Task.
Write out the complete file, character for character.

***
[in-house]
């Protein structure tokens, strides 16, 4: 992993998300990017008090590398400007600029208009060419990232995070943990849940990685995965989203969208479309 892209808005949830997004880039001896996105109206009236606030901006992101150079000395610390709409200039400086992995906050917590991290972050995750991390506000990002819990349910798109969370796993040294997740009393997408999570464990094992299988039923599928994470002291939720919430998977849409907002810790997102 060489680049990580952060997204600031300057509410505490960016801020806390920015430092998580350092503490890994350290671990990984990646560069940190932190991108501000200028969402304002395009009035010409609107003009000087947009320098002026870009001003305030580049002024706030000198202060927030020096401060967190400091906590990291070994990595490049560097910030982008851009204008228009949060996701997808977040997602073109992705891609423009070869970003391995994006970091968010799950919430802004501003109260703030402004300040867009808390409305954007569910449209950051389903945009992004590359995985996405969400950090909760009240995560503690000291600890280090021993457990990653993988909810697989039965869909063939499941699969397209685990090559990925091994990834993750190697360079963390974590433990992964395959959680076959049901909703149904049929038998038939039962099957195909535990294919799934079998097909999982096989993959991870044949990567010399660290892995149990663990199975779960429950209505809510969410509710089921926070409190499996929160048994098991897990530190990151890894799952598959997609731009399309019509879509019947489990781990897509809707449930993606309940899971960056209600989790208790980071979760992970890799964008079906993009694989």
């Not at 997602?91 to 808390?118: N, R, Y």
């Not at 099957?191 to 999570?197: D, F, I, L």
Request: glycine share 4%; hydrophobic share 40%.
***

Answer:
[in-house]
């Protein structure tokens, strides 16, 4: 992993998300990017008090590398400007600029208009060419990232995070943990849940990685995965989203969208479309 892209808005949830997004880039001896996105109206009236606030901006992101150079000395610390709409200039400086992995906050917590991290972050995750991390506000990002819990349910798109969370796993040294997740009393997408999570464990094992299988039923599928994470002291939720919430998977849409907002810790997102 060489680049990580952060997204600031300057509410505490960016801020806390920015430092998580350092503490890994350290671990990984990646560069940190932190991108501000200028969402304002395009009035010409609107003009000087947009320098002026870009001003305030580049002024706030000198202060927030020096401060967190400091906590990291070994990595490049560097910030982008851009204008228009949060996701997808977040997602073109992705891609423009070869970003391995994006970091968010799950919430802004501003109260703030402004300040867009808390409305954007569910449209950051389903945009992004590359995985996405969400950090909760009240995560503690000291600890280090021993457990990653993988909810697989039965869909063939499941699969397209685990090559990925091994990834993750190697360079963390974590433990992964395959959680076959049901909703149904049929038998038939039962099957195909535990294919799934079998097909999982096989993959991870044949990567010399660290892995149990663990199975779960429950209505809510969410509710089921926070409190499996929160048994098991897990530190990151890894799952598959997609731009399309019509879509019947489990781990897509809707449930993606309940899971960056209600989790208790980071979760992970890799964008079906993009694989």
């Not at 997602?91 to 808390?118: N, R, Y």
């Not at 099957?191 to 999570?197: D, F, I, L």
Request: glycine share 4%; hydrophobic share 40%.